Year
1933

David O. Selznick returns to MGM

On this day in 1933, David O. Selznick becomes vice president and producer at MGM. Selznick became one of the most influential independent producers of his time.

Selznick got his start working at his father’s studio, Lewis Selznick Pictures. Selznick’s older brother, Myron, also worked at the studio, becoming chief of production by age 21.

After Selznick Pictures went bankrupt in 1923, Lewis landed a job for David with his former partner and sometime rival, Louis B. Mayer, at MGM. Myron, meanwhile, went on to become a powerful talent agent. David eventually married the boss’s daughter, Irene, but left MGM to work at Paramount and RKO before founding his own company, Selznick International in 1936.

In the spring of 1936, a few months before the publication of Margaret Mitchell’s Civil War epic, Gone with the Wind, Selznick expressed interest in buying the film rights but balked at Mitchell’s asking price of $50,000-more than any studio had ever paid for rights to a first novel. He gave in, however, just before the book’s release in June and began three long years of production in which he used three directors and 15 screenwriters. His nationwide search for the actress to play Scarlett lasted more than a year. Meanwhile, he agreed to let MGM distribute the film in return for lending him Clark Gable to play Rhett Butler. Filming on the movie began in December 1938, but the Scarlett role still hadn’t been cast. British actress Vivien Leigh visited the set on the day filming began; a month later, she signed on as Scarlett.

The film debuted in Atlanta on December 15, 1939, and became an instant hit, breaking all box office records in the course of its run. The film was nominated for more than a dozen Oscars and won nine, including Best Picture, Best Screenplay, Best Actress, and Best Supporting Actress (which went to Hattie McDaniel, the first African American actress to win the award). The movie was digitally restored and the sound remastered for its 1998 re-release by New Line Pictures.

The following year, Selznick brought Alfred Hitchcock from England to direct Rebecca, Hitchcock’s first U.S. film. Selznick produced several other pictures in the United States and abroad, but none made the same splash as Gone with the Wind. He produced his last film, A Farewell to Arms, in 1957.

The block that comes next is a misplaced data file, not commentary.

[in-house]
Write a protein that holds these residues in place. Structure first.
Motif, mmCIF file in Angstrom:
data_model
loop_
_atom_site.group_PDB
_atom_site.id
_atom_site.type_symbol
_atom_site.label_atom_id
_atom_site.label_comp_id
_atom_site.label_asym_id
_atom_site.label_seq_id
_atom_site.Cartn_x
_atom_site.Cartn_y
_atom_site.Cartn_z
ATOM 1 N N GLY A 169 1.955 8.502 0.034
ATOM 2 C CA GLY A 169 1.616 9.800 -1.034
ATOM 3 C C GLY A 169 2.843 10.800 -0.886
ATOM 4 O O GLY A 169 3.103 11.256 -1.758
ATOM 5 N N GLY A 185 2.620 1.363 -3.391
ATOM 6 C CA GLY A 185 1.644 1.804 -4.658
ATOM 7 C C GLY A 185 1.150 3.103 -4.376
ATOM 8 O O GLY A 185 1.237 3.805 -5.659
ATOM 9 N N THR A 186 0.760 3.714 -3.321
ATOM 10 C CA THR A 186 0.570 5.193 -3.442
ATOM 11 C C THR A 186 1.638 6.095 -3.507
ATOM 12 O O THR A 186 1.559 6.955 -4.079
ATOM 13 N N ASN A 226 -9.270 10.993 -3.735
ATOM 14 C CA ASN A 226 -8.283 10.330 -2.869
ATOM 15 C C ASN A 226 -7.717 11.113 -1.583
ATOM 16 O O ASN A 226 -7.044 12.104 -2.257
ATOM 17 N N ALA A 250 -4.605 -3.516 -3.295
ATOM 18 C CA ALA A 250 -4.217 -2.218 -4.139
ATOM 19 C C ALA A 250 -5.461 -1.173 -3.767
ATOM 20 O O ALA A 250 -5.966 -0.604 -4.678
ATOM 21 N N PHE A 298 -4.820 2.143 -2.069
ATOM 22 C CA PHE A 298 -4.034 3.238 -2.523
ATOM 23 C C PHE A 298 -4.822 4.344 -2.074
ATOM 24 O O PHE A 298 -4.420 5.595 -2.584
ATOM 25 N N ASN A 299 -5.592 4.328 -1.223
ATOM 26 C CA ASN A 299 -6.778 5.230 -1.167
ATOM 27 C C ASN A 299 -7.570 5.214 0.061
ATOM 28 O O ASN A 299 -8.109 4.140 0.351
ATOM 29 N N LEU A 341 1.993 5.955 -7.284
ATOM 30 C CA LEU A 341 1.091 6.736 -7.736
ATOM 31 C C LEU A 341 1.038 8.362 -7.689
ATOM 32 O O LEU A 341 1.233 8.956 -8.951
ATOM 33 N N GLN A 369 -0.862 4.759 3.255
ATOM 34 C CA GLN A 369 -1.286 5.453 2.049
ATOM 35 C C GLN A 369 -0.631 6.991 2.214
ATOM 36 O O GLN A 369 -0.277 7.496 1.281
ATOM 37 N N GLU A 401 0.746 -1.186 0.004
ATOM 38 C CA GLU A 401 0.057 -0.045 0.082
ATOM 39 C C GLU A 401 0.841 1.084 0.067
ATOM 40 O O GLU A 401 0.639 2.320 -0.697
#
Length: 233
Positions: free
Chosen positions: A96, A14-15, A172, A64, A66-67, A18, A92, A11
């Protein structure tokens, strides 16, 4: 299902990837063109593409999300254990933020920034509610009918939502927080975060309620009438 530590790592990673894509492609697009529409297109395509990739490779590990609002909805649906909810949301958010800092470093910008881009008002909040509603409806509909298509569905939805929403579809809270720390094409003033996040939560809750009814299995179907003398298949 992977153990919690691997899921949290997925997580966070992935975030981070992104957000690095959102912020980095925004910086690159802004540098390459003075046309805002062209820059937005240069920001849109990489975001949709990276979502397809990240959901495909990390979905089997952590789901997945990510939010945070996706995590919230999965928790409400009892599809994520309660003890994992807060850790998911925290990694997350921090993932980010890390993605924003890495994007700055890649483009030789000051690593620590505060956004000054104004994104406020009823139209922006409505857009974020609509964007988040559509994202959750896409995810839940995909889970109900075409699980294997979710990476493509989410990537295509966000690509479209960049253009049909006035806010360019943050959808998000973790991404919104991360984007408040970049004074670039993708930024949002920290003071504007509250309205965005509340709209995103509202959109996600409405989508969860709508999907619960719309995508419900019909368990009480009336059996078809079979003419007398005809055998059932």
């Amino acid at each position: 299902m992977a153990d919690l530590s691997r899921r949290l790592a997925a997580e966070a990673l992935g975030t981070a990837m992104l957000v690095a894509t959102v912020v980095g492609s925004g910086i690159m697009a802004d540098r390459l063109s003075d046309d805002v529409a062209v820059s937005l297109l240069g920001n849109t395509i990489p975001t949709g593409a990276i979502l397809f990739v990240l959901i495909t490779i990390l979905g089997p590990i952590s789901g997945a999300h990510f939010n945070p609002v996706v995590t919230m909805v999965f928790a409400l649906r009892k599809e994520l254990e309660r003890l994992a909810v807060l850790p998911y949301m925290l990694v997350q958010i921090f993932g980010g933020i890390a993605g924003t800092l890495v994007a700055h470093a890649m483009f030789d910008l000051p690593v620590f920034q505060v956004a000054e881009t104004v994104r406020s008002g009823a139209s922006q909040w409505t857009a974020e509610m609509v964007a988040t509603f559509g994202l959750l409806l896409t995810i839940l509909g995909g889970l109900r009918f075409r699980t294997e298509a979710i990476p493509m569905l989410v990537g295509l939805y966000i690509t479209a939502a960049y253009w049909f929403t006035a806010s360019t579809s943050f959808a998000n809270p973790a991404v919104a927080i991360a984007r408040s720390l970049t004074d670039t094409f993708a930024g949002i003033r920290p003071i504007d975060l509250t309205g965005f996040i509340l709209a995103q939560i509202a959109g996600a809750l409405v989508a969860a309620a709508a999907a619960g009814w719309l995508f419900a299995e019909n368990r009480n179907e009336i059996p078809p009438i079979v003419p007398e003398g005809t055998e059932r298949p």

Selznick died on June 22, 1965.

ALSO ON THIS DAY

The most daring act of the age

During the First Barbary War, U.S. Lieutenant Stephen Decatur leads a military mission that famed British Admiral Horatio Nelson calls the “most daring act of the age.” In June 1801, President Thomas Jefferson ordered U.S. Navy vessels to the Mediterranean Sea in protest of ...read more

Castro sworn in

On February 16, 1959, Fidel Castro is sworn in as prime minister of Cuba after leading a guerrilla campaign that forced right-wing dictator Fulgencio Batista into exile. Castro, who became commander in chief of Cuba’s armed forces after Batista was ousted on January 1, replaced ...read more

Archaeologist opens tomb of King Tut

On this day in 1923, in Thebes, Egypt, English archaeologist Howard Carter enters the sealed burial chamber of the ancient Egyptian ruler King Tutankhamen. Because the ancient Egyptians saw their pharaohs as gods, they carefully preserved their bodies after death, burying them in ...read more

Tet Offensive results in many new refugees

U.S. officials report that, in addition to the 800,000 people listed as refugees prior to January 30, the fighting during the Tet Offensive has created 350,000 new refugees. The communist attack known as the Tet Offensive had begun at dawn on January 31, the first day of the Tet ...read more